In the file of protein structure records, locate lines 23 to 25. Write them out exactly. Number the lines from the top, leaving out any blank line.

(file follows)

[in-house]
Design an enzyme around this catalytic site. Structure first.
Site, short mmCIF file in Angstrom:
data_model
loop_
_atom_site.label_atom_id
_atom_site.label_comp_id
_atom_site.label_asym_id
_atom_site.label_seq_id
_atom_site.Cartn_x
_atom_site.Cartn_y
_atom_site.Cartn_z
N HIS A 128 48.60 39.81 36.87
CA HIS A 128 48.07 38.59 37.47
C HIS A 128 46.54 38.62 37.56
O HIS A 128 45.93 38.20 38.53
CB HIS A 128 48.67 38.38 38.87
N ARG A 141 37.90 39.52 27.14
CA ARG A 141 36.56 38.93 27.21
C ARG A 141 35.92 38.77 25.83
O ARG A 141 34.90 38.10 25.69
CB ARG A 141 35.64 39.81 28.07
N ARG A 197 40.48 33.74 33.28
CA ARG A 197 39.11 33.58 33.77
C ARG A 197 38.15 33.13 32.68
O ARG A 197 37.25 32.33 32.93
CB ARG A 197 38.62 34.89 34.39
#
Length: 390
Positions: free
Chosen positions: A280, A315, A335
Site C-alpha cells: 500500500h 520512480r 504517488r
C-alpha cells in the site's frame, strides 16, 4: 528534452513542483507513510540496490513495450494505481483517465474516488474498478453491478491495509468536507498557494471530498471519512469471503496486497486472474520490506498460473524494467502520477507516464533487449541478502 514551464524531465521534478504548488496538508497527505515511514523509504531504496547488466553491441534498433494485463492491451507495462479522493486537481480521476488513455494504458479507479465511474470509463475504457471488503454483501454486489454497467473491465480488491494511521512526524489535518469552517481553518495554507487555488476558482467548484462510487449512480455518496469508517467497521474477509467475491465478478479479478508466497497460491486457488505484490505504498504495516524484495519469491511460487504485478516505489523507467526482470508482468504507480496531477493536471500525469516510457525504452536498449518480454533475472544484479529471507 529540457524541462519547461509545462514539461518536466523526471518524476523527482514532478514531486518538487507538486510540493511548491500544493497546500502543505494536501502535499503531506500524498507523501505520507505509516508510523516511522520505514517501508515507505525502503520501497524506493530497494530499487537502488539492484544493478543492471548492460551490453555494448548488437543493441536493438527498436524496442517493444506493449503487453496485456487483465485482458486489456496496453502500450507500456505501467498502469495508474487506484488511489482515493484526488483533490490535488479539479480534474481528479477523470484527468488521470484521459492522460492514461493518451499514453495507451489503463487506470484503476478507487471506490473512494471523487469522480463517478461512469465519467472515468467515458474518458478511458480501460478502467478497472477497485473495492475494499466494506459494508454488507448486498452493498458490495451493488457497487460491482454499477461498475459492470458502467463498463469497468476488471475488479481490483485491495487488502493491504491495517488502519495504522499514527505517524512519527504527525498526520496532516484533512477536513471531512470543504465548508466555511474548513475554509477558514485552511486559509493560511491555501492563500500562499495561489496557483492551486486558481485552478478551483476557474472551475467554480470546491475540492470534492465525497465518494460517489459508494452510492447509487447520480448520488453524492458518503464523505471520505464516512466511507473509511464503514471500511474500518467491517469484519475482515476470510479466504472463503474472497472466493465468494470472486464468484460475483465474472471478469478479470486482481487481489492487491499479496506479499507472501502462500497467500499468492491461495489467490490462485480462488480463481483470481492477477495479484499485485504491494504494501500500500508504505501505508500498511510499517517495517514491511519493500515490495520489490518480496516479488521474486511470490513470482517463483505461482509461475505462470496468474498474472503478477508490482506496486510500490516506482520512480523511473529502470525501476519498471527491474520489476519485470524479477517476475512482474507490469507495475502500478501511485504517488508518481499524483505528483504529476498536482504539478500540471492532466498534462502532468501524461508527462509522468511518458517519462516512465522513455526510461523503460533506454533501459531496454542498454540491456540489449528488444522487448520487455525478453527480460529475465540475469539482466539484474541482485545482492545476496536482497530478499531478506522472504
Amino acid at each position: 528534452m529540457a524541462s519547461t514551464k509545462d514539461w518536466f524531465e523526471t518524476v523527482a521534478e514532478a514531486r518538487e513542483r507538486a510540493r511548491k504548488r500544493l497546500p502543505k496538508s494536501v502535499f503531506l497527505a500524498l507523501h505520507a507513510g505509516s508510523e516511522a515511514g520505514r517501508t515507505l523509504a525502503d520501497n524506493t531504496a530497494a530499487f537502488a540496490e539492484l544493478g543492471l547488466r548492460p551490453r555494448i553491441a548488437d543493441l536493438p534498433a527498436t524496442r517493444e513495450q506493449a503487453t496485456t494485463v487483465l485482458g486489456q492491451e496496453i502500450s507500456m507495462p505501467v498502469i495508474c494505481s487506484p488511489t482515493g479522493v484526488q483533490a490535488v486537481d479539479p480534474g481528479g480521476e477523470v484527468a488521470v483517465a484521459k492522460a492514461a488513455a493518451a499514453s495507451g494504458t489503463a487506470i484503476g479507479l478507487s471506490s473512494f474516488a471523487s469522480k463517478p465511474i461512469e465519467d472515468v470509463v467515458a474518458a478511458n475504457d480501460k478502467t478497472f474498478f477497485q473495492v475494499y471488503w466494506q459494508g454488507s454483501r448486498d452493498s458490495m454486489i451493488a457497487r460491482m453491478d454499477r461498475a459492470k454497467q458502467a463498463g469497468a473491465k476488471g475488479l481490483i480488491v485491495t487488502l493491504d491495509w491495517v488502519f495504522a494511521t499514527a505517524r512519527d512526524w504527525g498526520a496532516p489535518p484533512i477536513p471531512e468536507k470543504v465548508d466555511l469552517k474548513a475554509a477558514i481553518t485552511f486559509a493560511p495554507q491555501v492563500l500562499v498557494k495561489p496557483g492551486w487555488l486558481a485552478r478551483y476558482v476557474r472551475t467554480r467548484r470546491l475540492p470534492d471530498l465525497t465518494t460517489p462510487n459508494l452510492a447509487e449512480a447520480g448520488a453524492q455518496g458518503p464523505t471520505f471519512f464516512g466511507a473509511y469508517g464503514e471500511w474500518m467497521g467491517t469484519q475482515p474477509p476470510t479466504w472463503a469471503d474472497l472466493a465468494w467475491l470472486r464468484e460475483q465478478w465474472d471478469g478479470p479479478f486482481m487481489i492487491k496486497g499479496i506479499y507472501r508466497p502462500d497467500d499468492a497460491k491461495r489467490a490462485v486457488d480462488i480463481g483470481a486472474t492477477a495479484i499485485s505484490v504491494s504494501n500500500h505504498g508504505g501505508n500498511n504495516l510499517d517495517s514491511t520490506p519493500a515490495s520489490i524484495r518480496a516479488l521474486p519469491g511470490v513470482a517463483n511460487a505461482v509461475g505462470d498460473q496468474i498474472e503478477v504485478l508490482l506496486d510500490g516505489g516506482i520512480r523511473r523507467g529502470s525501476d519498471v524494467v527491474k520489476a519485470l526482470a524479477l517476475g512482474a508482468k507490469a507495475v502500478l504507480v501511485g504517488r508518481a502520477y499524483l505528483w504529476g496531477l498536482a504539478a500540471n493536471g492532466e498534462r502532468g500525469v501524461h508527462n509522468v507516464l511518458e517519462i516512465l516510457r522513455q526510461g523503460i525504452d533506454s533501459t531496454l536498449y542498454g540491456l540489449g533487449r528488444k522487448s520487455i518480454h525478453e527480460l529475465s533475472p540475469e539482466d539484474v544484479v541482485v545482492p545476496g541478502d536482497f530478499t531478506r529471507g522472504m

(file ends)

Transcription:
N ARG A 197 40.48 33.74 33.28
CA ARG A 197 39.11 33.58 33.77
C ARG A 197 38.15 33.13 32.68